I am SO hosting next year.
leftovers are hotly fought over in this house. Holiday leftovers even more so!
The leftovers are all MINE, MINE, MINE!! Nothing better than a turkey sandwich, complete with cranberry and stuffing on the day(s) after.
That reminds me of the friends episode when Ross went ballistic when someone ate his leftover thanksgiving sandwich
A few bodies got put out with the empties this morning - were you one of them, SantyClaws? We achieved something of a record last night. 31 celebrants attended and duly gave thanks for the
copious quantities of alcohol groaning tables of delectable harvest fare.
Unfortunately it's a case of 'who ate all the pies' as there are very few slices left but on the turkey/gammon stakes it's going to be turkey club sandwiches and gammon with eggs/french fries for the weekend - the resident moggy is thoroughly enjoying his little furry Christmas come early.
Glad your pumpkin pie worked out for you, MissC. Uncarved pumpkin's not a scary vegetable and it's surprising that it's taken so long for it to come into more common usage in the UK. If I'm making carrot & coriander soup I add often add pumpkin or squash - as yet, no-one has noticed or commented on the 'secret ingredient'.
Time for me to close the kitchen - I've been running brunch since 10am and the waffle machine is smokin'. All I'm going to want for supper tonight is a peanut butter and jelly sandwich
Leftovers? I Love them. Bubble and squeak anyone?
Excuse typo's and poor editing please.
Yes to turkey leftovers. I love turkey pot pie, and a toasted turkey sandwich, with sage stuffing and cranberry sauce, mayonnaise and lots of pepper.
Yank, maybe I'll to make those crock pot potatoes to take to ds & his gf's on Christmas day, but with vegetable broth. I was musing over what to bring. I will have to have a pow wow with her mom and her. I think her mom is bringing the bird. I am bringing the afore mentioned sweet potato casserole, and maybe a ham.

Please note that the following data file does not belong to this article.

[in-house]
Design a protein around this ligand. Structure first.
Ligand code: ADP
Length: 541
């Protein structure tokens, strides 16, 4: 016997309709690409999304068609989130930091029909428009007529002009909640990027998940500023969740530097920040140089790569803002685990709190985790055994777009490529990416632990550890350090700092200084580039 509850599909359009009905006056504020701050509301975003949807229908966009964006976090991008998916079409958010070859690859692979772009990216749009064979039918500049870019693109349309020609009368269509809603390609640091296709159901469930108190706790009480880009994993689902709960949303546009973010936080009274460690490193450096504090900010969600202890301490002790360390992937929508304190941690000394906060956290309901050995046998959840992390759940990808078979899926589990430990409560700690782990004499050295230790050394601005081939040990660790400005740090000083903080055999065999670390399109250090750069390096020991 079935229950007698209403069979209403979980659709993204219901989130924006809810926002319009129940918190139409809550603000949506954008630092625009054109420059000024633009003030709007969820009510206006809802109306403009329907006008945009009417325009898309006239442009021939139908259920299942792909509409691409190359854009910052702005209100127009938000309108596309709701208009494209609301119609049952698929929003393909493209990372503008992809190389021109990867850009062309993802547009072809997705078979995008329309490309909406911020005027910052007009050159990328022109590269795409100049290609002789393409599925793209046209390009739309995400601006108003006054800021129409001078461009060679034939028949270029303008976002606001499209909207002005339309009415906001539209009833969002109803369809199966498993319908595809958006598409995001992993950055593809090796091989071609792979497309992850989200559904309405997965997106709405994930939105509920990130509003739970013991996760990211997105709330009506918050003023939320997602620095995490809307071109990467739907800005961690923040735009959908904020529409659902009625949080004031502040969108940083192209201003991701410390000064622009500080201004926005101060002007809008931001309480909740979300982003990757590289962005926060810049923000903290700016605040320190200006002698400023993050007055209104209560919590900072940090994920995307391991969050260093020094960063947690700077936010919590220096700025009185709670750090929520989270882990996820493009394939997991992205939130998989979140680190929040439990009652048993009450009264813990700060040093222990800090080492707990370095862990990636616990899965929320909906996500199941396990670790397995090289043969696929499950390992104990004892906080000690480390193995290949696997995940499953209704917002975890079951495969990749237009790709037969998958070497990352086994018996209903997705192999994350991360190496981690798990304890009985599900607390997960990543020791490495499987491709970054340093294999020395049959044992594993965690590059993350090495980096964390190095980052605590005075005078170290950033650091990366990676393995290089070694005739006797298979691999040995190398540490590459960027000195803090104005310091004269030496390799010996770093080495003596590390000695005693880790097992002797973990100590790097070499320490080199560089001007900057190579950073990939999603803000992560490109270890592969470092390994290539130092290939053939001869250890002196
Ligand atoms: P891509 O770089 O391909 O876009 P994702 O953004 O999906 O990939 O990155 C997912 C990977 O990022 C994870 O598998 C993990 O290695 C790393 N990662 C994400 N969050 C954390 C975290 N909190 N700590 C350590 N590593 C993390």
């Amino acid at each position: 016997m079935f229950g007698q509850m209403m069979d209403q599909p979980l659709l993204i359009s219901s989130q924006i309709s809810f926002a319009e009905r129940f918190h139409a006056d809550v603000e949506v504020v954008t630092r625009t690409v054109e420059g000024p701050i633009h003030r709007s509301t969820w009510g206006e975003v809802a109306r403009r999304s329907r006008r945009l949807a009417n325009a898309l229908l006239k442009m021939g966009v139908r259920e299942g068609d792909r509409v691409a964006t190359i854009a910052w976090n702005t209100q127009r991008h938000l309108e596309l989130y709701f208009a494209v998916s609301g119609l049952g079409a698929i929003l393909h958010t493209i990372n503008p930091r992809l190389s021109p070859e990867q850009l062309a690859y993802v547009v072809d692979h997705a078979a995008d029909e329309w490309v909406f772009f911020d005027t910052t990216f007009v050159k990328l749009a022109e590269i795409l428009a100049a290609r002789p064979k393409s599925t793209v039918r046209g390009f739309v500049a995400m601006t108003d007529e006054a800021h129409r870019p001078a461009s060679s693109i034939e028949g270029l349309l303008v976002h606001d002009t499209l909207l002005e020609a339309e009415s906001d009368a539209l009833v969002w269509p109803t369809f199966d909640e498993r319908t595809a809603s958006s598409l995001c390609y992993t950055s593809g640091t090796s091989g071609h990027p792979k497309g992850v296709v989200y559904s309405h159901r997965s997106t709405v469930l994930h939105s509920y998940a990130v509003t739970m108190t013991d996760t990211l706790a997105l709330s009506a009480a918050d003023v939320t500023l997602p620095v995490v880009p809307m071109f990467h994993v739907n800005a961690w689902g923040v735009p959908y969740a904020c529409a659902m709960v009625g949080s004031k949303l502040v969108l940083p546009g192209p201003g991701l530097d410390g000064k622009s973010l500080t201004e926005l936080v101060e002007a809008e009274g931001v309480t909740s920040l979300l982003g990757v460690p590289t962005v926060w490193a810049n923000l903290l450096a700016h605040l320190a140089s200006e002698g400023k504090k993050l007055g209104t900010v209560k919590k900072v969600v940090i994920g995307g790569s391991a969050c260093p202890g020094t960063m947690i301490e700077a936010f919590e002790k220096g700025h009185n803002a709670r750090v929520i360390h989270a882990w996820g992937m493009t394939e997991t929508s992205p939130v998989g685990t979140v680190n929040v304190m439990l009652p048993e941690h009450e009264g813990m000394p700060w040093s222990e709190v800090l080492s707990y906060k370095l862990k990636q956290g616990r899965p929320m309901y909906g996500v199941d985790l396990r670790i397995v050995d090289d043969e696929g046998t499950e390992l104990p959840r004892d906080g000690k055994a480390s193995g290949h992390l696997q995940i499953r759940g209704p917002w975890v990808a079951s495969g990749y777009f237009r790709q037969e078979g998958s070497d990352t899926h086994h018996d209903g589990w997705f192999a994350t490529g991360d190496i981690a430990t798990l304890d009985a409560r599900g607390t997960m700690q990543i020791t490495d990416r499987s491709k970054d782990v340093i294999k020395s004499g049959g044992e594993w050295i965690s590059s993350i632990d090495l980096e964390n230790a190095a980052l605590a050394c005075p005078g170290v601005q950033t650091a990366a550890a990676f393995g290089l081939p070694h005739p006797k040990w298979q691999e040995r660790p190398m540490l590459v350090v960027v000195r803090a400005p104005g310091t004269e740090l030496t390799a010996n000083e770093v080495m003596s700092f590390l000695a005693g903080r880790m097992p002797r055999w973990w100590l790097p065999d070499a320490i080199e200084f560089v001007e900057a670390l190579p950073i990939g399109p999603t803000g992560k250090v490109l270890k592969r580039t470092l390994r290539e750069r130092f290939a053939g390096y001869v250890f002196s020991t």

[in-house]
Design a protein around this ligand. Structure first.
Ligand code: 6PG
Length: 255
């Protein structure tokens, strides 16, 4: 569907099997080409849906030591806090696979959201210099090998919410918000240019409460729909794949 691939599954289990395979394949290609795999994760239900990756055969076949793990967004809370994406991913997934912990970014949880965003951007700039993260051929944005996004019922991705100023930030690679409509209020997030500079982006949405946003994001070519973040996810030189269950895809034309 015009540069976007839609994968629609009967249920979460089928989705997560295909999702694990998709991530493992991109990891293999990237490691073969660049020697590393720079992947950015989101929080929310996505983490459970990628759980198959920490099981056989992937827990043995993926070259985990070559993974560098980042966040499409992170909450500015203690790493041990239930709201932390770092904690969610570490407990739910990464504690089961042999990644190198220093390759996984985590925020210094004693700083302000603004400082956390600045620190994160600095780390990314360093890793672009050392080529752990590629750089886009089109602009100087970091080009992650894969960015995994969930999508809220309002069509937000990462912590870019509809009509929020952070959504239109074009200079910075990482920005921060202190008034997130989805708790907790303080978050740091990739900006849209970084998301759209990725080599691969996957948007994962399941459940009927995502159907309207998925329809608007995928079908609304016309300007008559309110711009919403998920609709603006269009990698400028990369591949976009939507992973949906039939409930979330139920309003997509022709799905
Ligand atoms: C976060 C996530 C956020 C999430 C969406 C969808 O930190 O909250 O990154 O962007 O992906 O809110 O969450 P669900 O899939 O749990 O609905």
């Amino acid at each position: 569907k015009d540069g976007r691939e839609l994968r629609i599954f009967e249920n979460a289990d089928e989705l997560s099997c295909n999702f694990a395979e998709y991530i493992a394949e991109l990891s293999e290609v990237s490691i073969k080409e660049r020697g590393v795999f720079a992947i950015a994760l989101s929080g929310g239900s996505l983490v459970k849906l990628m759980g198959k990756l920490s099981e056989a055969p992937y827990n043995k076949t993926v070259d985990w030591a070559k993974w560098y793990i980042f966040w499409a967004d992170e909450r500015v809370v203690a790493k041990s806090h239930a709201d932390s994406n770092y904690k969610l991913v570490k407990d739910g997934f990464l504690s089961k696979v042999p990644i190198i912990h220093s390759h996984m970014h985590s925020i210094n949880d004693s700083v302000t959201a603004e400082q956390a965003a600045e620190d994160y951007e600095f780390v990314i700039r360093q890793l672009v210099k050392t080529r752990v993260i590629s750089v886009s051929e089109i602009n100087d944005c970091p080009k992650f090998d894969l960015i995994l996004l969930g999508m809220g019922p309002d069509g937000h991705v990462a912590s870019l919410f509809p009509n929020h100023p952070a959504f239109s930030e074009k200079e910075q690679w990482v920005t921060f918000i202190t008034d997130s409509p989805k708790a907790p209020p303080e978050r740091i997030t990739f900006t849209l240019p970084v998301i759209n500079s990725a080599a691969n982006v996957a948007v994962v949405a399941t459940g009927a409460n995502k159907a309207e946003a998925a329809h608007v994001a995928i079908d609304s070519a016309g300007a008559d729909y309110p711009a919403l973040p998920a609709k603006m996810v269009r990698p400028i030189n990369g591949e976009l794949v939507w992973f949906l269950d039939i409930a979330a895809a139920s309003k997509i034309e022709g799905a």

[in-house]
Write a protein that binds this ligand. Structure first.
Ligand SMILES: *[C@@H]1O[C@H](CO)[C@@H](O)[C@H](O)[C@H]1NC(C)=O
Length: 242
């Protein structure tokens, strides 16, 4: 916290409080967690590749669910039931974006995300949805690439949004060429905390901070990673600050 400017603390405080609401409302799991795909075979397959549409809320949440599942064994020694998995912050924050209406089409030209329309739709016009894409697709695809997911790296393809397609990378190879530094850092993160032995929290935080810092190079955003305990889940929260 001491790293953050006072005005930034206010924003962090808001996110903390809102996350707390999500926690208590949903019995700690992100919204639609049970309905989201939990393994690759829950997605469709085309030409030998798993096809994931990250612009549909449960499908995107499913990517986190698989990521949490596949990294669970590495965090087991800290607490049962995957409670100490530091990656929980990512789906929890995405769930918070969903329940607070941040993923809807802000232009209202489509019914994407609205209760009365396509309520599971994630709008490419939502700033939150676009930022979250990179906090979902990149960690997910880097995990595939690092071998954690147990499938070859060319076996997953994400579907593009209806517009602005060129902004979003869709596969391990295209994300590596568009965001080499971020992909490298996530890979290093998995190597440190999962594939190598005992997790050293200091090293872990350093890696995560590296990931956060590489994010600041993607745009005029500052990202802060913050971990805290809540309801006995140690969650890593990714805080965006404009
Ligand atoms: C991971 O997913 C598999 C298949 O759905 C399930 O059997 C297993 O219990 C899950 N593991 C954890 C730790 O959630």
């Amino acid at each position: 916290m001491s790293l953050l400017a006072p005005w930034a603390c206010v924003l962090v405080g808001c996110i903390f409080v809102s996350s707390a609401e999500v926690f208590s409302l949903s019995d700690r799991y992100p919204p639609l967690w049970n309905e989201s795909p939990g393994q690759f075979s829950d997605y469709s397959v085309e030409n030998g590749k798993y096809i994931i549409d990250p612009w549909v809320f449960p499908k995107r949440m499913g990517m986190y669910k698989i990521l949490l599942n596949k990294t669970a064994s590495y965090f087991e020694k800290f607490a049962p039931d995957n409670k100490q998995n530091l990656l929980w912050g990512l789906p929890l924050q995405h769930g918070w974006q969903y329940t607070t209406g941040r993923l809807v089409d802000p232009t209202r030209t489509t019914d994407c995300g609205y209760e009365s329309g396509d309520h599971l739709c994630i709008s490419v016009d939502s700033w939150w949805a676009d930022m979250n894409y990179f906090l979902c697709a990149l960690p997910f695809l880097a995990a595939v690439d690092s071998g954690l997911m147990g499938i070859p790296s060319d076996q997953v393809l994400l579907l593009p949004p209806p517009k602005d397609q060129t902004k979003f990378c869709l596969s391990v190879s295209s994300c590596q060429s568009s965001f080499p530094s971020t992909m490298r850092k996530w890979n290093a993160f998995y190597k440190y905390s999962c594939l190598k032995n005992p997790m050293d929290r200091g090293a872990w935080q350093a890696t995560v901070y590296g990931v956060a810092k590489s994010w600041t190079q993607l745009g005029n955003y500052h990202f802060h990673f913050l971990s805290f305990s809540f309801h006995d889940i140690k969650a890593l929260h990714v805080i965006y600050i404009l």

Americans love their leftovers, true. I find the British aversion to them quite odd. maybe you all didn't cook them properly to begin with? <<Cackle>>
Leftovers are the very best thing about Thanksgiving, which is why I always happily offer to cook and host a huge turkey dinner (even if we're the only Americans we know in town) The leftovers are all MINE, MINE, MINE!! Nothing better than a turkey sandwich, complete with cranberry and stuffing on the day(s) after.
And there's nothing better than a slice of hot pecan pie with a scoop of melty vanilla ice cream on the side...
Am drooling in anticipation of our Thanksgiving "observed" party tomorrow night!
We went to my SIL's she had cooked a lot! I totally over ate, Turkey all the trimmings, cheesecake and more. Theres half a pumpkin pie and lots of fresh cream still in my fridge and SIL sent me home with enough left overs to feed us dinner again Friday night, so we'll repeat the meal all over again. I love leftovers.
Omg. Went to friends for dinner. Her mum is a total unable to acknowledge that her baby is grown type so took over most of the cooking including bringing 7 desserts.
Join the discussion
Registering is free, easy, and means you can join in the discussion, get discounts, win prizes and lots more.Register now
Already registered with Mumsnet? Log in to leave your comment or alternatively, sign in with Facebook or Google.
Please login first.